A weak case for guns with high-capacity magazines
"The case for a gun with 33 rounds," as made by Stephen Hunter [op-ed, Feb. 6], is weak indeed.
Mr. Hunter's homage to semiautomatic firearms with high-capacity magazines borders on the fiction for which he is well known. His claim that the Virginia Tech and Fort Hood shooters did not use "extended magazines" is based on semantics and is disingenuous. The magazines may have not actually "extended" beyond the body of the handgun, but their capacity (at 15, 20 and 30 rounds, respectively) exceeded the 10-round limit that was in place before the federal assault weapons ban was allowed to expire.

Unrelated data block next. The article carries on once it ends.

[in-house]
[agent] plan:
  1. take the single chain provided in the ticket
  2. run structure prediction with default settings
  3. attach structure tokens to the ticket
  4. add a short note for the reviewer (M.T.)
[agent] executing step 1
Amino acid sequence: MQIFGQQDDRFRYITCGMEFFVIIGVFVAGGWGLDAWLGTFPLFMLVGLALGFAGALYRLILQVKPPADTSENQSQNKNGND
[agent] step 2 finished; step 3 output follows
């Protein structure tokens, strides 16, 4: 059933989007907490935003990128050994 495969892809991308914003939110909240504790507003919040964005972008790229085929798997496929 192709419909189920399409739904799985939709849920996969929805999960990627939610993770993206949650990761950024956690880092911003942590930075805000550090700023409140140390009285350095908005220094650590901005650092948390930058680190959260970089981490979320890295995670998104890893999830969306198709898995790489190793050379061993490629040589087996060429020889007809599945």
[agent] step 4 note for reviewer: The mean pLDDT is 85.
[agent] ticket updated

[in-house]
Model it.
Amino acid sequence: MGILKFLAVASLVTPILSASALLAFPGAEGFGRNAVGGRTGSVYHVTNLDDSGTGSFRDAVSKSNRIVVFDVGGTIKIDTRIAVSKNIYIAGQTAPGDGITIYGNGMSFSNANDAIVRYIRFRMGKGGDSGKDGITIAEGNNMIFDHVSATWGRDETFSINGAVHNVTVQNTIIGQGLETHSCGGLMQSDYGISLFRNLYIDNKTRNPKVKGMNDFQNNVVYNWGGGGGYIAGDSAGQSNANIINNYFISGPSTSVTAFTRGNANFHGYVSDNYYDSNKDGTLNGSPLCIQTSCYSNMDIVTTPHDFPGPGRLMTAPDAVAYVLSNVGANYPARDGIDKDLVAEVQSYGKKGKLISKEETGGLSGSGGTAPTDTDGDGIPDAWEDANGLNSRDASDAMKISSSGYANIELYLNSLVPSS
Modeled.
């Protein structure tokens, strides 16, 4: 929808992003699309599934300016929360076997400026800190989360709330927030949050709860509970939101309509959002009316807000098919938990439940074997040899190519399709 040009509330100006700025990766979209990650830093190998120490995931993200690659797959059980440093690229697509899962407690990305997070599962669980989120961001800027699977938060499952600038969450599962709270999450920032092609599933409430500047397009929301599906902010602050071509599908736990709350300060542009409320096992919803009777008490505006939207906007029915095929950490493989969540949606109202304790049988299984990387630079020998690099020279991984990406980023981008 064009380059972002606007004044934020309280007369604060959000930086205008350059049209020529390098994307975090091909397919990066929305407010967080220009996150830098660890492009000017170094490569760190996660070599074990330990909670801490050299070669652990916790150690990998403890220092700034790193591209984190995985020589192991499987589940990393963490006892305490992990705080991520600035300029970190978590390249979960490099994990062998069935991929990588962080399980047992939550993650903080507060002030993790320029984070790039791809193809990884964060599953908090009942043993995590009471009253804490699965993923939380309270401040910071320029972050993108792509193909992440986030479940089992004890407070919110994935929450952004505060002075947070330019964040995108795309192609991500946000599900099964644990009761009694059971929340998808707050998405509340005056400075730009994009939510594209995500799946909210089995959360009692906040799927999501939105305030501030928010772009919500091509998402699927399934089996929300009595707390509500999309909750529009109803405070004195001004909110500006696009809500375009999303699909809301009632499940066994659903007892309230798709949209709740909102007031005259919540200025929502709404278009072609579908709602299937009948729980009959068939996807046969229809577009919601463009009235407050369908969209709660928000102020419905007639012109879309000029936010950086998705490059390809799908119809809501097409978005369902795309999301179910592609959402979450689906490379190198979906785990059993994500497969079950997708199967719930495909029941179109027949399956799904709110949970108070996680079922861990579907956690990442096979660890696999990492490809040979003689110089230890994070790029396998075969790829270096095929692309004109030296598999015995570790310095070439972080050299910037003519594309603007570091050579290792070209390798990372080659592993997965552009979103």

Mr. Hunter's argument that high-capacity magazines are rarely used in crime is also wrong. Starting with the horrific mass shooting at a California elementary school in 1989 that featured a semiautomatic AK-47 with a 75-round magazine, high-capacity magazines have been a staple of mass shooters and common muggers alike.
A ban on high-capacity magazines might not have stopped the Jan. 8 shooting of Rep. Gabrielle Giffords (D-Ariz.). But we know that for those injured by rounds 11 to 32, it could have made a big difference.
Josh Horwitz, Washington
The writer is the executive director of the Coalition to Stop Gun Violence.